Warning: Declaration of description_walker::start_el(&$output, $item, $depth, $args) should be compatible with Walker_Nav_Menu::start_el(&$output, $item, $depth = 0, $args = NULL, $id = 0) in /home/customer/www/conservationmagazine.org/public_html/wp-content/themes/stylemag/functions.php on line 213
Live Wire - Conservation

Live Wire

Biofuel cell implanted in living snail generates power

Talk about alternative energy. Researchers have managed to create a biofuel cell that can operate inside a live snail, powered by the sugar in the animal’s body.

The idea of implanting biofuel cells into living organisms has been around for decades. Scientists envisioned that this technology could power biomedical devices such as pacemakers. Small animals with implanted biofuel cells could also be outfitted with sensors and released into the wild to conduct environmental or homeland-security monitoring. But few studies had actually tested the idea in live organisms.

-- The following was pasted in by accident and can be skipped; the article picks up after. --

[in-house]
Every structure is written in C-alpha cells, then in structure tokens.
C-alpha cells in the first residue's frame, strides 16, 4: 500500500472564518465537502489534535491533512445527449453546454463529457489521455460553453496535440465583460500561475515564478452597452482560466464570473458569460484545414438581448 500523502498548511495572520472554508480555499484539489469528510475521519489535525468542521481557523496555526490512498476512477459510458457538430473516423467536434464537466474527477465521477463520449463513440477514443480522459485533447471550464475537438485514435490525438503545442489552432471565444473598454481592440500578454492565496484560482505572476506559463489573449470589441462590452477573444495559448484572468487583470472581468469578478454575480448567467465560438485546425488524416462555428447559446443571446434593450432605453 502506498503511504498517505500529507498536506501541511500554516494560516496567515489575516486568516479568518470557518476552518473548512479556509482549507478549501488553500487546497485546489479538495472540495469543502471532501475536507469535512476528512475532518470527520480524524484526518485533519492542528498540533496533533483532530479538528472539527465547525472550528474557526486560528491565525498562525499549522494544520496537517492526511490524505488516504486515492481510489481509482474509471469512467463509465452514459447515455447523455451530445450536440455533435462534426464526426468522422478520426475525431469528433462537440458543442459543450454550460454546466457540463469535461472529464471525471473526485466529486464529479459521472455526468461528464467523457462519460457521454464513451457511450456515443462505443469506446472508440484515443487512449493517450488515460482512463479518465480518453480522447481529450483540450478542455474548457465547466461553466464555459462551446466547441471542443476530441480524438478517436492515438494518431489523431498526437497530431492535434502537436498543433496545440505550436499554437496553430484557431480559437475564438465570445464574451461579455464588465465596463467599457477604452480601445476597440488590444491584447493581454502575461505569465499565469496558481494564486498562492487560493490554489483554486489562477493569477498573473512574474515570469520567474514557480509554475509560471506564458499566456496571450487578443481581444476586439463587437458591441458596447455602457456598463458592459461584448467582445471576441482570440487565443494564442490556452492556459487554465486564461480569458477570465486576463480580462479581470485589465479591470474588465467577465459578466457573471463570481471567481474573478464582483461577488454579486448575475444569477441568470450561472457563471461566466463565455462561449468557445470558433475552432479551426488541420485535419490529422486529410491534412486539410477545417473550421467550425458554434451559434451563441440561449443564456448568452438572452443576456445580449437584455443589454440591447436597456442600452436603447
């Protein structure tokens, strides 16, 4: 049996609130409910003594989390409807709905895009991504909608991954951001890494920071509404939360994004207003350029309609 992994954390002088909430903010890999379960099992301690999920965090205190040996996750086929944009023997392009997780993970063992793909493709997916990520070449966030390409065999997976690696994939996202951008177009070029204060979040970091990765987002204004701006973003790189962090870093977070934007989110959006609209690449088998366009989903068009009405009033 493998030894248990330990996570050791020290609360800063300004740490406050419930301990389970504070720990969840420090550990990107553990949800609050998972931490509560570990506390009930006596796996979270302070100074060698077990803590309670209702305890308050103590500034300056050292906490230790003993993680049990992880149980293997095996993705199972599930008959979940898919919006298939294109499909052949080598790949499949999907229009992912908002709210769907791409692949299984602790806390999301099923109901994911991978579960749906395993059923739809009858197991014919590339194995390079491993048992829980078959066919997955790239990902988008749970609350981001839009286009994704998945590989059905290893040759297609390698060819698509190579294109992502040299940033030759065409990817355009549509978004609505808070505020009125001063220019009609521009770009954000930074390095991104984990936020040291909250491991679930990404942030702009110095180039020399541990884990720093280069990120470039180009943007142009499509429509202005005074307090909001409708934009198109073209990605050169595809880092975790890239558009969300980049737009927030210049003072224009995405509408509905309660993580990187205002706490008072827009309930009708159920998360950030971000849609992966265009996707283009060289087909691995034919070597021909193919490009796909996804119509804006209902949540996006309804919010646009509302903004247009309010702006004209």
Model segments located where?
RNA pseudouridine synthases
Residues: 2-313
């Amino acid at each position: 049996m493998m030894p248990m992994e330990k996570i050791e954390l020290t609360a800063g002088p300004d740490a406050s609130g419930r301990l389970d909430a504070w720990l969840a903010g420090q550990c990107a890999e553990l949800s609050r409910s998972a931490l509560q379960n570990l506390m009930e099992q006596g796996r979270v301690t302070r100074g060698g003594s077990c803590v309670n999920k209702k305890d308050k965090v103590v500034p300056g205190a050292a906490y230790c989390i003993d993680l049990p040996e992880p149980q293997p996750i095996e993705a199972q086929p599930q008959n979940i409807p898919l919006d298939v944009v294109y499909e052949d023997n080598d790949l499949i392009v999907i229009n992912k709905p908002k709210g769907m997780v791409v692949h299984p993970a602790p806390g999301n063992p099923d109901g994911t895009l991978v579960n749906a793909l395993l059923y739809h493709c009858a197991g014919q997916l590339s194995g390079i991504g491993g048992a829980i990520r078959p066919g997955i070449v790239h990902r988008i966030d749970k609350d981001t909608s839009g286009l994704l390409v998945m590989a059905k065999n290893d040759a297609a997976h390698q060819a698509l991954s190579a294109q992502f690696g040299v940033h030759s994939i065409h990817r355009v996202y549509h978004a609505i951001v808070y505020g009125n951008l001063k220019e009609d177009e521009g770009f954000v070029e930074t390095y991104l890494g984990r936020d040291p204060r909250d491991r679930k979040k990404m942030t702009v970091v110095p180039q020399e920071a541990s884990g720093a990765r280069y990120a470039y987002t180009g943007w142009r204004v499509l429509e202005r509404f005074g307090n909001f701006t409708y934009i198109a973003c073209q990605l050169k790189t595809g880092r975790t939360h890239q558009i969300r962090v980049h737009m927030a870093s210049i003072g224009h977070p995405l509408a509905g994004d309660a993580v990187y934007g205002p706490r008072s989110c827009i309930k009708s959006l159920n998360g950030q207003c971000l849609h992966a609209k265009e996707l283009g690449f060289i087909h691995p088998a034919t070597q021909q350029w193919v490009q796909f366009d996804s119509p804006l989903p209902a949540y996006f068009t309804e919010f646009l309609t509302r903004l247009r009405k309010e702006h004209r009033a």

Bioelectronics researcher Evgeny Katz at Clarkson University in Potsdam, New York, and his colleagues decided to try building such a “living battery.” First, they attached enzymes to a pair of electrodes made of carbon nanotubes. One electrode had enzymes that grabbed electrons from glucose molecules, while the other had enzymes that gave electrons to oxygen molecules. The passage of those electrons through circuitry could produce electrical energy.

The team then implanted the two electrodes into a live snail, with one end in the snail’s blood and the other poking out of its shell. The biofuel cell could generate several microwatts of power, the researchers report in the Journal of the American Chemical Society. While this is a tiny fraction of a typical store-bought battery’s power output, it might be enough to activate microelectronic devices, says Katz.

The power output trailed off as the glucose near the electrodes was used up. But if the team stopped extracting power for a while, the animal could build up its glucose supply and more glucose molecules could drift toward the electrodes. After these rest breaks, the power output went back up again. The biofuel cell kept operating for several months, the researchers found.

The team has also implanted biofuel cells into live clams and increased the power output by connecting electrodes from three clams together. Katz and his colleagues are now working on using these living batteries to power electronic devices such as sensors. ❧

—Roberta Kwok

Halámková, L. et al. 2012. Implanted biofuel cell operating in a living snail. Journal of the American Chemical Society doi:10.1021/ja211714w.

©Clarkson University